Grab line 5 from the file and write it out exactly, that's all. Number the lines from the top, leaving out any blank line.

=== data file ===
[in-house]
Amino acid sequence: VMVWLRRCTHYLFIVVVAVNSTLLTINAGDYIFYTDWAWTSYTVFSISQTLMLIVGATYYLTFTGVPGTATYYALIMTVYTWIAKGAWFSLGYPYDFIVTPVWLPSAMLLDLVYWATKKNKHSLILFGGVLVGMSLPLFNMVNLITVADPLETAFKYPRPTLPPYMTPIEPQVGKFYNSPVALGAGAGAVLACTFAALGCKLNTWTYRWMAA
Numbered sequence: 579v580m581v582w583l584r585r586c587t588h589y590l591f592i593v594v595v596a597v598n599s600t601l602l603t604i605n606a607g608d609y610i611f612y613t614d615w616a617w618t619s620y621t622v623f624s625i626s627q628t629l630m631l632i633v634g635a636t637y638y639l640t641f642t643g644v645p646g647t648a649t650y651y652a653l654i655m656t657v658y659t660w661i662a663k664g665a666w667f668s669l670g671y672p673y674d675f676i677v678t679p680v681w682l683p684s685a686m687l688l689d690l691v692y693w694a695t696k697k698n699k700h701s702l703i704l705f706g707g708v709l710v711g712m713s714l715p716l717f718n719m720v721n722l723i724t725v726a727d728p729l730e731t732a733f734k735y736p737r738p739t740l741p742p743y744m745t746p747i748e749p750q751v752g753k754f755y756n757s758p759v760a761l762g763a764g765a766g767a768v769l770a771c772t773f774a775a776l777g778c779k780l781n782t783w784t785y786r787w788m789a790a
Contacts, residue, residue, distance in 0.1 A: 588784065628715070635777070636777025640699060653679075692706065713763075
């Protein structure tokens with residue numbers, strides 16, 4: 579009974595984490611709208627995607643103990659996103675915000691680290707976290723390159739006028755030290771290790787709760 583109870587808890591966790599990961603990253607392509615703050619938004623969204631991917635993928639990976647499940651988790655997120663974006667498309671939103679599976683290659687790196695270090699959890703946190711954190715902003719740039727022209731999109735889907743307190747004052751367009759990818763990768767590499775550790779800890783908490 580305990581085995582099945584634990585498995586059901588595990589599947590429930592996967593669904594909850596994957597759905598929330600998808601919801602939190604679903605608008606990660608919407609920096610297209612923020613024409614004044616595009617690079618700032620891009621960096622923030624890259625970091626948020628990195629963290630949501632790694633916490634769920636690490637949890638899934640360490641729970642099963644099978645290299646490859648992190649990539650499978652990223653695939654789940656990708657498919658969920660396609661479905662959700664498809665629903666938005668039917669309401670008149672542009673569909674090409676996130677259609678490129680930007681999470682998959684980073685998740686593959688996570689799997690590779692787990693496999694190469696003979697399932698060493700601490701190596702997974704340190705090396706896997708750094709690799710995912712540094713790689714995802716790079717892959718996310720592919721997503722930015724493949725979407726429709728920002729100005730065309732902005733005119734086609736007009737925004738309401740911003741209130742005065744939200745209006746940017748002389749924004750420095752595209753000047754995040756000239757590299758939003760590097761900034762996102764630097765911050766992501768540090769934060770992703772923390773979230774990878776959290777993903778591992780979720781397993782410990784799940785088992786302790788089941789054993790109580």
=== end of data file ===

């Protein structure tokens with residue numbers, strides 16, 4: 579009974595984490611709208627995607643103990659996103675915000691680290707976290723390159739006028755030290771290790787709760 583109870587808890591966790599990961603990253607392509615703050619938004623969204631991917635993928639990976647499940651988790655997120663974006667498309671939103679599976683290659687790196695270090699959890703946190711954190715902003719740039727022209731999109735889907743307190747004052751367009759990818763990768767590499775550790779800890783908490 580305990581085995582099945584634990585498995586059901588595990589599947590429930592996967593669904594909850596994957597759905598929330600998808601919801602939190604679903605608008606990660608919407609920096610297209612923020613024409614004044616595009617690079618700032620891009621960096622923030624890259625970091626948020628990195629963290630949501632790694633916490634769920636690490637949890638899934640360490641729970642099963644099978645290299646490859648992190649990539650499978652990223653695939654789940656990708657498919658969920660396609661479905662959700664498809665629903666938005668039917669309401670008149672542009673569909674090409676996130677259609678490129680930007681999470682998959684980073685998740686593959688996570689799997690590779692787990693496999694190469696003979697399932698060493700601490701190596702997974704340190705090396706896997708750094709690799710995912712540094713790689714995802716790079717892959718996310720592919721997503722930015724493949725979407726429709728920002729100005730065309732902005733005119734086609736007009737925004738309401740911003741209130742005065744939200745209006746940017748002389749924004750420095752595209753000047754995040756000239757590299758939003760590097761900034762996102764630097765911050766992501768540090769934060770992703772923390773979230774990878776959290777993903778591992780979720781397993782410990784799940785088992786302790788089941789054993790109580």